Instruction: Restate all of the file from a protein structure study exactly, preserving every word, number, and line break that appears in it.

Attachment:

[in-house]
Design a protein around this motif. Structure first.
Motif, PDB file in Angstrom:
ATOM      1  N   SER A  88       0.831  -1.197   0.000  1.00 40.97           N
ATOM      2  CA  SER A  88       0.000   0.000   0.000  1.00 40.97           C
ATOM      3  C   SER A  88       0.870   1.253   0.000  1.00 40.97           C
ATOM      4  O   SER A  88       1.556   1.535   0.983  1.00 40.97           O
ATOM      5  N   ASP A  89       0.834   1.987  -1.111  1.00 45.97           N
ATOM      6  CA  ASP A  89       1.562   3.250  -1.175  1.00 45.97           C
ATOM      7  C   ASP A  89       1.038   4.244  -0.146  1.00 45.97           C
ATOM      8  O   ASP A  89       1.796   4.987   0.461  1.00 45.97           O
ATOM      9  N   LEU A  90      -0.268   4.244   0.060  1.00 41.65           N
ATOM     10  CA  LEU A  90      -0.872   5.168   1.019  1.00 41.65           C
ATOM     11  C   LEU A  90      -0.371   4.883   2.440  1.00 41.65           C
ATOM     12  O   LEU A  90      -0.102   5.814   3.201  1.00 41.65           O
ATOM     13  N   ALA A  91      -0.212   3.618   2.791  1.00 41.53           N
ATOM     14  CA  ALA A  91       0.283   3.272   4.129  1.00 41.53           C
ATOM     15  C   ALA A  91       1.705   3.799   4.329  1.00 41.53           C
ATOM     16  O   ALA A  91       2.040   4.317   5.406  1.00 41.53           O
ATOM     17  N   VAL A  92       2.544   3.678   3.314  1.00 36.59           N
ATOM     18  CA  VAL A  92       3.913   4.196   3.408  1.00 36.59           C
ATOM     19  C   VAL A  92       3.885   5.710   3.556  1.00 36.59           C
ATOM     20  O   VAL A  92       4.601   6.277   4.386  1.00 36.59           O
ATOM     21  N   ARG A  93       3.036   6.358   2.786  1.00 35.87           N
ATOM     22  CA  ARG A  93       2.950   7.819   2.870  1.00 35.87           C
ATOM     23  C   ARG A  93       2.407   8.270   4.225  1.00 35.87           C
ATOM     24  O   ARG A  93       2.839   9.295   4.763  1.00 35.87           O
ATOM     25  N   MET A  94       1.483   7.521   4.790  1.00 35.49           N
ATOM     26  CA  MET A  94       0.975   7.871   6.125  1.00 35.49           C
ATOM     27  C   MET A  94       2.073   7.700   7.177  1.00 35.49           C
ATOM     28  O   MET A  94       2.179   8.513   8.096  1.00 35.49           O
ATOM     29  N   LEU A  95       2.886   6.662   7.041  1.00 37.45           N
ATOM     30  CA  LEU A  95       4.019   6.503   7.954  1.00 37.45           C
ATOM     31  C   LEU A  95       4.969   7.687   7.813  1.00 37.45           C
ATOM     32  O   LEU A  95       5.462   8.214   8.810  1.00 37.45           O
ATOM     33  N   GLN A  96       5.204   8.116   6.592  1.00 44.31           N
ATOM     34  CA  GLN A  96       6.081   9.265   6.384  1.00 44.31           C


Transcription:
[in-house]
Design a protein around this motif. Structure first.
Motif, PDB file in Angstrom:
ATOM      1  N   SER A  88       0.831  -1.197   0.000  1.00 40.97           N
ATOM      2  CA  SER A  88       0.000   0.000   0.000  1.00 40.97           C
ATOM      3  C   SER A  88       0.870   1.253   0.000  1.00 40.97           C
ATOM      4  O   SER A  88       1.556   1.535   0.983  1.00 40.97           O
ATOM      5  N   ASP A  89       0.834   1.987  -1.111  1.00 45.97           N
ATOM      6  CA  ASP A  89       1.562   3.250  -1.175  1.00 45.97           C
ATOM      7  C   ASP A  89       1.038   4.244  -0.146  1.00 45.97           C
ATOM      8  O   ASP A  89       1.796   4.987   0.461  1.00 45.97           O
ATOM      9  N   LEU A  90      -0.268   4.244   0.060  1.00 41.65           N
ATOM     10  CA  LEU A  90      -0.872   5.168   1.019  1.00 41.65           C
ATOM     11  C   LEU A  90      -0.371   4.883   2.440  1.00 41.65           C
ATOM     12  O   LEU A  90      -0.102   5.814   3.201  1.00 41.65           O
ATOM     13  N   ALA A  91      -0.212   3.618   2.791  1.00 41.53           N
ATOM     14  CA  ALA A  91       0.283   3.272   4.129  1.00 41.53           C
ATOM     15  C   ALA A  91       1.705   3.799   4.329  1.00 41.53           C
ATOM     16  O   ALA A  91       2.040   4.317   5.406  1.00 41.53           O
ATOM     17  N   VAL A  92       2.544   3.678   3.314  1.00 36.59           N
ATOM     18  CA  VAL A  92       3.913   4.196   3.408  1.00 36.59           C
ATOM     19  C   VAL A  92       3.885   5.710   3.556  1.00 36.59           C
ATOM     20  O   VAL A  92       4.601   6.277   4.386  1.00 36.59           O
ATOM     21  N   ARG A  93       3.036   6.358   2.786  1.00 35.87           N
ATOM     22  CA  ARG A  93       2.950   7.819   2.870  1.00 35.87           C
ATOM     23  C   ARG A  93       2.407   8.270   4.225  1.00 35.87           C
ATOM     24  O   ARG A  93       2.839   9.295   4.763  1.00 35.87           O
ATOM     25  N   MET A  94       1.483   7.521   4.790  1.00 35.49           N
ATOM     26  CA  MET A  94       0.975   7.871   6.125  1.00 35.49           C
ATOM     27  C   MET A  94       2.073   7.700   7.177  1.00 35.49           C
ATOM     28  O   MET A  94       2.179   8.513   8.096  1.00 35.49           O
ATOM     29  N   LEU A  95       2.886   6.662   7.041  1.00 37.45           N
ATOM     30  CA  LEU A  95       4.019   6.503   7.954  1.00 37.45           C
ATOM     31  C   LEU A  95       4.969   7.687   7.813  1.00 37.45           C
ATOM     32  O   LEU A  95       5.462   8.214   8.810  1.00 37.45           O
ATOM     33  N   GLN A  96       5.204   8.116   6.592  1.00 44.31           N
ATOM     34  CA  GLN A  96       6.081   9.265   6.384  1.00 44.31           C